Sunday, December 20, 2009


The depth of my ignorance is made clear by this simple fact:

I still don't know the names of birds, flowers and stars.


It’s only taken about 40 years, but finally – finally – I have sorted out my thoughts and feelings about Frank Sinatra and Tony Bennett.

In short, Sinatra may be the greater artist, but I’d rather listen to and watch Tony any time.

Here’s why.

KCTS has been running a number of their all-time favorites during their recent pledge drive, including “Sinatra at Carnegie Hall.”

I taped the 90-minute piece and watched it in several sittings between bites of food, Seinfeld re-runs and other mindless diversions.

Sinatra, about 55 or 60 at the time, was terrific.

So were the orchestra, the arrangements and the worshipping audience.


There were three big buts.

And one of them was a butt.

A cigarette butt.

There was a time not so very long ago in Magic Land when most of us smoked cigarettes and many of us developed certain styles and nervous tics with our habits that we believed spoke of sophistication, urbanity, hipness and cool.

We were wrong and deluded, of course, but it was great fun while it lasted.

A bit of an anachronism to witness therefore, the Chairman of the Board dragging the last possible hit out of his filter job – whilst singing up a storm no less – and then, before our very eyes, flicking the damn thing onto the hallowed parquet floor of the stage of Carnegie Hall and then grinding the thing in with the heel of his many-lacquered tuxedo slipper.

A cultural oddity I realize, forgivable by the relativity we call Time.

But the second offense was not a passing fancy.

It was essential core Sinatra.

Sinatra has always been famous for, among many other things (just ask Ava Gardner), crediting the great songwriters and tunesmiths just before he opens his pipes and delivers what is usually the defining version of a given melody.

In the concert I was watching he did just that with a song by Carol Bayer Sager.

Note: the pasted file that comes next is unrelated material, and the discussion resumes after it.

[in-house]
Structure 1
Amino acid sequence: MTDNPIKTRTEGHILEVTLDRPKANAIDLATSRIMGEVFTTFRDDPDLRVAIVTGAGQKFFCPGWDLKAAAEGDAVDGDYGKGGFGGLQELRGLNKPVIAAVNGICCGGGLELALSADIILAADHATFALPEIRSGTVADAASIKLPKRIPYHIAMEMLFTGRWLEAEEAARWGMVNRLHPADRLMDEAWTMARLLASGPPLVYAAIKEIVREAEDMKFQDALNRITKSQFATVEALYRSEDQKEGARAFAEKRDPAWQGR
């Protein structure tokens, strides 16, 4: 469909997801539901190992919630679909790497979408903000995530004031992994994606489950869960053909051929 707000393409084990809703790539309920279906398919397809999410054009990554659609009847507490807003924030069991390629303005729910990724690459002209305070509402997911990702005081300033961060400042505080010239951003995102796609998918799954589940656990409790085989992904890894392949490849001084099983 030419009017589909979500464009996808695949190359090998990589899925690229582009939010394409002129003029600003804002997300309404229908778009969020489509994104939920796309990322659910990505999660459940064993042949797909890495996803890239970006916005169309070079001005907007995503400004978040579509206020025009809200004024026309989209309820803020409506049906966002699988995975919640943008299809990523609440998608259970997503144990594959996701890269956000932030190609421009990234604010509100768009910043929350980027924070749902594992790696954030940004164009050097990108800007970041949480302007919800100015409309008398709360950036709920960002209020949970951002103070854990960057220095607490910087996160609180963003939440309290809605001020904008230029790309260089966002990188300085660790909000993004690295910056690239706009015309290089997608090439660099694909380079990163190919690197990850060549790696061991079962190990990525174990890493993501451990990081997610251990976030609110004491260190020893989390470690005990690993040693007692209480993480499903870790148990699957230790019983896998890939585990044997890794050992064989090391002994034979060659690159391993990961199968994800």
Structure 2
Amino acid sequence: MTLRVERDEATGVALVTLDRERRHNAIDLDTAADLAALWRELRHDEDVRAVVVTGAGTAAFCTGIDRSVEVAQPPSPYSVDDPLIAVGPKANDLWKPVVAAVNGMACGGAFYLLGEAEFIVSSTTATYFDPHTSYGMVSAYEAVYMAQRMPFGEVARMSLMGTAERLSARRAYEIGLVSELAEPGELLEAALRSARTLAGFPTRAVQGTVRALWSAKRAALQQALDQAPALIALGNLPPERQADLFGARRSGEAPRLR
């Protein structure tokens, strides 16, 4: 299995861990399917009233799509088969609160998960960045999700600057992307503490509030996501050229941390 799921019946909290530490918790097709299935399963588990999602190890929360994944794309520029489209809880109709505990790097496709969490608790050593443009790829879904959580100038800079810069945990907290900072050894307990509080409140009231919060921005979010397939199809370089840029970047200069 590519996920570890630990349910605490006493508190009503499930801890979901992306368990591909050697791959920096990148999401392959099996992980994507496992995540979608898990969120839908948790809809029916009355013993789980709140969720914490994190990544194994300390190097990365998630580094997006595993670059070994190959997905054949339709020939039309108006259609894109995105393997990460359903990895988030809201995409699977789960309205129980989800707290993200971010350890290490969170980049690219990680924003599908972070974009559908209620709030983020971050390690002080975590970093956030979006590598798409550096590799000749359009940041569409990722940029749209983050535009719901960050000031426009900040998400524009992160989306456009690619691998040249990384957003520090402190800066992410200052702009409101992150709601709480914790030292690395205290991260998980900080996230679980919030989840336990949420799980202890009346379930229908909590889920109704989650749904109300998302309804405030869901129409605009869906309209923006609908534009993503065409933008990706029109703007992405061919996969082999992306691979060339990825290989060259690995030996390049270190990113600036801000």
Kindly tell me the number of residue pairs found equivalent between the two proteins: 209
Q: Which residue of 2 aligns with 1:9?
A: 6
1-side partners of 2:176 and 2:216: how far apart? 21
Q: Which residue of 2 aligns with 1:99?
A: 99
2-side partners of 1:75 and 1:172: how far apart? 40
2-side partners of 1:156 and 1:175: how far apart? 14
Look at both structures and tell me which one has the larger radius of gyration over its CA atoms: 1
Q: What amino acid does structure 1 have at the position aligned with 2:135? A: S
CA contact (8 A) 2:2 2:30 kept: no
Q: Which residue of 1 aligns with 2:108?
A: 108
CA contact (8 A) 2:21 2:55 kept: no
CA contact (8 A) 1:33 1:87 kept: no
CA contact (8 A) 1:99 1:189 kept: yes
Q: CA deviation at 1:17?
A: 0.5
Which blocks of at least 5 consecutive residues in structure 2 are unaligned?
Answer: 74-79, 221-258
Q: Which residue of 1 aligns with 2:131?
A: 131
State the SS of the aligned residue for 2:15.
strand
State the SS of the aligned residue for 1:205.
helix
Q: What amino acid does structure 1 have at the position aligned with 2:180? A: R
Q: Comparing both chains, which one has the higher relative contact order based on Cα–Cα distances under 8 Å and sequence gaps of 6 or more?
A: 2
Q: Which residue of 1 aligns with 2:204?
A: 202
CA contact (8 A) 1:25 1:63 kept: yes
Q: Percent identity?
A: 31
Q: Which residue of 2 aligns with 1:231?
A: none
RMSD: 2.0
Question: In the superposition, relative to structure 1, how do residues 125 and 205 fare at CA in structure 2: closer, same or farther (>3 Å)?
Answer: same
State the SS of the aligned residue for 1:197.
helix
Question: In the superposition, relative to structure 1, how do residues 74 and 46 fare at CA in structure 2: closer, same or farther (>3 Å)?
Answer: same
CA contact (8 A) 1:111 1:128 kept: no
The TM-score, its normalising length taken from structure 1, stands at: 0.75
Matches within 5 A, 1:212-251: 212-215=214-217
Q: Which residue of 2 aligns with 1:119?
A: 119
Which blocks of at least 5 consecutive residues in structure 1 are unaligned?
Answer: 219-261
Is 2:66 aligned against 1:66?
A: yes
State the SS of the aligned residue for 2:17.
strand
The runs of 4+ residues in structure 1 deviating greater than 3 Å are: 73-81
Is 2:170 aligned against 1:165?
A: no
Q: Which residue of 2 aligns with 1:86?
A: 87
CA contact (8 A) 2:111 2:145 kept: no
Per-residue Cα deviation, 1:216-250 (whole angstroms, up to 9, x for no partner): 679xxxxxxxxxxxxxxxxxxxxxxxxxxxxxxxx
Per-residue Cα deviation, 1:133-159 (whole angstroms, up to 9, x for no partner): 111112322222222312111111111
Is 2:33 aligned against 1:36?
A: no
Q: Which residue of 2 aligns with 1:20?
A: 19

Then for some inexplicable reason, he began riffing on her name, ending in a dreadful disrespectful insult, which he clearly thought was funny and clever.

It was neither.

“Carole Bayer Sager. Or, Carol Sager Bayer. Or, Bag Lady…”

Bag Lady?

I have never heard him do this with the names of Gershwin – George or Ira – Irving Berlin, Jimmy van Husen, Sammy Kahn, Rogers & Hart or any other of the great contributors to The American Songbook, which is Sinatra’s stock and trade.

But of course they are all men.

I would suggest that this odd and not amusing little sideways outburst has a lot to do with Sinatra’s great love for and fear of women.

Women have always been Man’s kryptonite.

Men adore the fairer sex and knowing at the deepest level our dependence on them, we fear them mightily.

It was Sinatra who insisted on calling them “broads.”

Finally, there is a palpable sense when one watches Sinatra that we are witnessing a guy who is oh so very in love with himself. He is so hostile and angry with you and you and me and so pleased with his own very wonderful self, that much of the potential for communication is cut off by the glory of the performance.

He was a marvelous actor, possibly the best pop singer in living memory, a pretty fair Sunday painter, a complete entertainer and a fascinating complex character.

He has left us much to cherish.

But you know what?

I’d still rather listen to the straight ahead and much less complicated voice of Tony Bennett.


Chairman of the Board